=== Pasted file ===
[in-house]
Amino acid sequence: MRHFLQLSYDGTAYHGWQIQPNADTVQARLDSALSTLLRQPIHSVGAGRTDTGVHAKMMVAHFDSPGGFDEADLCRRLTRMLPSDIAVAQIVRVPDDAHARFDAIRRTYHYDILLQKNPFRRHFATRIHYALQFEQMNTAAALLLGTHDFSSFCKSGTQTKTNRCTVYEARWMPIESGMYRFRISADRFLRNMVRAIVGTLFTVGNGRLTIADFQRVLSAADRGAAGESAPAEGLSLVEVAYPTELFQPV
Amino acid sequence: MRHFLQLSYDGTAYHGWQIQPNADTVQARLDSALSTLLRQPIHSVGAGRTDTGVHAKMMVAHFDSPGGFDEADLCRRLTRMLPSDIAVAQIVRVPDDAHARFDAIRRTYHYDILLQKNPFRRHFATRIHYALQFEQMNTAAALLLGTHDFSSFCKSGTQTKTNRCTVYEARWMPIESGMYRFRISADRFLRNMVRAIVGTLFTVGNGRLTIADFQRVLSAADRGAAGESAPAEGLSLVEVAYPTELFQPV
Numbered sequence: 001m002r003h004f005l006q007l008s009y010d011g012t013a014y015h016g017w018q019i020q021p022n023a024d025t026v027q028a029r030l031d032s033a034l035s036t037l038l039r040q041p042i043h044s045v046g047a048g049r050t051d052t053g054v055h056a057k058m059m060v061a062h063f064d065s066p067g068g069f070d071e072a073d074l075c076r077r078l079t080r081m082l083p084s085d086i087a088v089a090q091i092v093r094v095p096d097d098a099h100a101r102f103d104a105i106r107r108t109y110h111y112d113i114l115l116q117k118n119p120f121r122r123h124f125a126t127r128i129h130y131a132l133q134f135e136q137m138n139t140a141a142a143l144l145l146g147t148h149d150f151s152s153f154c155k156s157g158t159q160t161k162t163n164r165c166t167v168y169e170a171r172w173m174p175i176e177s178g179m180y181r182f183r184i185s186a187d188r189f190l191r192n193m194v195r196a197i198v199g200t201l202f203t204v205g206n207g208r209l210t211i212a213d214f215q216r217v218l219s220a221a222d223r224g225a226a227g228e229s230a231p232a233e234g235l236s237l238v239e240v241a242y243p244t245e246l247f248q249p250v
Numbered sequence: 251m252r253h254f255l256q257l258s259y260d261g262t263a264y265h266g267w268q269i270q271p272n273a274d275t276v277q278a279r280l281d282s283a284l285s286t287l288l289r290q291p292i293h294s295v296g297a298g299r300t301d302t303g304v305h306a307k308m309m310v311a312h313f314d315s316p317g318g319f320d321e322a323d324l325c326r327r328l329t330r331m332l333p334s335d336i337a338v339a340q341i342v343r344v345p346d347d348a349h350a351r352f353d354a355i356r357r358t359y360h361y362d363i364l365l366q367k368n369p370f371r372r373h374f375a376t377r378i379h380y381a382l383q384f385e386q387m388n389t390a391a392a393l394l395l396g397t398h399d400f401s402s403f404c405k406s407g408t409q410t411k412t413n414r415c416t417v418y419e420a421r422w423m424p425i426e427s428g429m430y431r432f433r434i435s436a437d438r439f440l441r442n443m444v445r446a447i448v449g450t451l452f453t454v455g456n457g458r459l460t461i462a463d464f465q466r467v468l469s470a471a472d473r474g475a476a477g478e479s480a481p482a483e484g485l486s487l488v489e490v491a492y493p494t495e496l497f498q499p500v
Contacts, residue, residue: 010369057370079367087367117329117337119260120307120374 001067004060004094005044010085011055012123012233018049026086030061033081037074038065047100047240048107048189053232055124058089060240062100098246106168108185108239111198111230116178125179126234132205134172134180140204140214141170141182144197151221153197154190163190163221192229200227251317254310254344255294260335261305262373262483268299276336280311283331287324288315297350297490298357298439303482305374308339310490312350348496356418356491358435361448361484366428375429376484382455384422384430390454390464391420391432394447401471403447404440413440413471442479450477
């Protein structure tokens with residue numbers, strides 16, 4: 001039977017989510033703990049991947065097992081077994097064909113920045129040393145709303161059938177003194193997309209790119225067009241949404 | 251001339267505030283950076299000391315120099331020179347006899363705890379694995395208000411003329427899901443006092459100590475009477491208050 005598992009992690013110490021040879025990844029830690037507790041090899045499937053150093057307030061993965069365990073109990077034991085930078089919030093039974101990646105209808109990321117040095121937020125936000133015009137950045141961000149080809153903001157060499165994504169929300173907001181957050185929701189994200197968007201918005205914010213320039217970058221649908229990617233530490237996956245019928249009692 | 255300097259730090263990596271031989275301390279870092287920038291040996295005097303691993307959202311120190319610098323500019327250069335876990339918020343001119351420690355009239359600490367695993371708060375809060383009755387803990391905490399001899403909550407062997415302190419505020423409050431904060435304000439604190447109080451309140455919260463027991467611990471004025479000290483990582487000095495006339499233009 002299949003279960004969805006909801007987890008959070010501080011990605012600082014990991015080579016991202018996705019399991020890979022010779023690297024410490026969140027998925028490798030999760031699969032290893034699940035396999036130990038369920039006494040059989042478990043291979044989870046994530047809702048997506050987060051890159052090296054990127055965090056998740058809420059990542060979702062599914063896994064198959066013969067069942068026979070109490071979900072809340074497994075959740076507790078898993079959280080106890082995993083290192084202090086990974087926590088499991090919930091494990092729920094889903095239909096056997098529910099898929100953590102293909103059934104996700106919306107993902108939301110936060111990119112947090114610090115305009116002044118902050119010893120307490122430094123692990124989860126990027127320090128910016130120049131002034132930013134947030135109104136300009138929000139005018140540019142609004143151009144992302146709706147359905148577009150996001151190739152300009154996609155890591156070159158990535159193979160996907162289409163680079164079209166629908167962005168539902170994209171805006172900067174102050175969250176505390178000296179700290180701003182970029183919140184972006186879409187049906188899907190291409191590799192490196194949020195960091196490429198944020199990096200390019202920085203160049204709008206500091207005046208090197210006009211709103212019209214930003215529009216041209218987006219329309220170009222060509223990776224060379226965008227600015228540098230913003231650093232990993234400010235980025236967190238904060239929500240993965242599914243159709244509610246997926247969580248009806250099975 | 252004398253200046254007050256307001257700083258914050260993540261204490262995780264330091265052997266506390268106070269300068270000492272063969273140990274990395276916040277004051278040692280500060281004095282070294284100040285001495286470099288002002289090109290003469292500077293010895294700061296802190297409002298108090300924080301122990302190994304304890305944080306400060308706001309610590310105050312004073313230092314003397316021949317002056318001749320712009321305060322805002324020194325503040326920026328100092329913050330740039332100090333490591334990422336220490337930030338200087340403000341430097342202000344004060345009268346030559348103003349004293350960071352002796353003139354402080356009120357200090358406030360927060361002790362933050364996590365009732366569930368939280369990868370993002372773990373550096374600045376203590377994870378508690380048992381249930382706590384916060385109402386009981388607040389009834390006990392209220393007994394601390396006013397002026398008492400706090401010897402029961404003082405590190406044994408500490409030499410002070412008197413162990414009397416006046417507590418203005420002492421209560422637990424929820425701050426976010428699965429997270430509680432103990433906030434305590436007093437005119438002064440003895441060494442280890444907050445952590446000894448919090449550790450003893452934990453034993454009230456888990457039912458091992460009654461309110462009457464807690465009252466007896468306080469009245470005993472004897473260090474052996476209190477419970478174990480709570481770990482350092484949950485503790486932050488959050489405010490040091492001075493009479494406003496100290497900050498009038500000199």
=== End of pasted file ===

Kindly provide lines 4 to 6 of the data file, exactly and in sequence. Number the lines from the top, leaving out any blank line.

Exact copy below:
Numbered sequence: 001m002r003h004f005l006q007l008s009y010d011g012t013a014y015h016g017w018q019i020q021p022n023a024d025t026v027q028a029r030l031d032s033a034l035s036t037l038l039r040q041p042i043h044s045v046g047a048g049r050t051d052t053g054v055h056a057k058m059m060v061a062h063f064d065s066p067g068g069f070d071e072a073d074l075c076r077r078l079t080r081m082l083p084s085d086i087a088v089a090q091i092v093r094v095p096d097d098a099h100a101r102f103d104a105i106r107r108t109y110h111y112d113i114l115l116q117k118n119p120f121r122r123h124f125a126t127r128i129h130y131a132l133q134f135e136q137m138n139t140a141a142a143l144l145l146g147t148h149d150f151s152s153f154c155k156s157g158t159q160t161k162t163n164r165c166t167v168y169e170a171r172w173m174p175i176e177s178g179m180y181r182f183r184i185s186a187d188r189f190l191r192n193m194v195r196a197i198v199g200t201l202f203t204v205g206n207g208r209l210t211i212a213d214f215q216r217v218l219s220a221a222d223r224g225a226a227g228e229s230a231p232a233e234g235l236s237l238v239e240v241a242y243p244t245e246l247f248q249p250v
Numbered sequence: 251m252r253h254f255l256q257l258s259y260d261g262t263a264y265h266g267w268q269i270q271p272n273a274d275t276v277q278a279r280l281d282s283a284l285s286t287l288l289r290q291p292i293h294s295v296g297a298g299r300t301d302t303g304v305h306a307k308m309m310v311a312h313f314d315s316p317g318g319f320d321e322a323d324l325c326r327r328l329t330r331m332l333p334s335d336i337a338v339a340q341i342v343r344v345p346d347d348a349h350a351r352f353d354a355i356r357r358t359y360h361y362d363i364l365l366q367k368n369p370f371r372r373h374f375a376t377r378i379h380y381a382l383q384f385e386q387m388n389t390a391a392a393l394l395l396g397t398h399d400f401s402s403f404c405k406s407g408t409q410t411k412t413n414r415c416t417v418y419e420a421r422w423m424p425i426e427s428g429m430y431r432f433r434i435s436a437d438r439f440l441r442n443m444v445r446a447i448v449g450t451l452f453t454v455g456n457g458r459l460t461i462a463d464f465q466r467v468l469s470a471a472d473r474g475a476a477g478e479s480a481p482a483e484g485l486s487l488v489e490v491a492y493p494t495e496l497f498q499p500v
Contacts, residue, residue: 010369057370079367087367117329117337119260120307120374 001067004060004094005044010085011055012123012233018049026086030061033081037074038065047100047240048107048189053232055124058089060240062100098246106168108185108239111198111230116178125179126234132205134172134180140204140214141170141182144197151221153197154190163190163221192229200227251317254310254344255294260335261305262373262483268299276336280311283331287324288315297350297490298357298439303482305374308339310490312350348496356418356491358435361448361484366428375429376484382455384422384430390454390464391420391432394447401471403447404440413440413471442479450477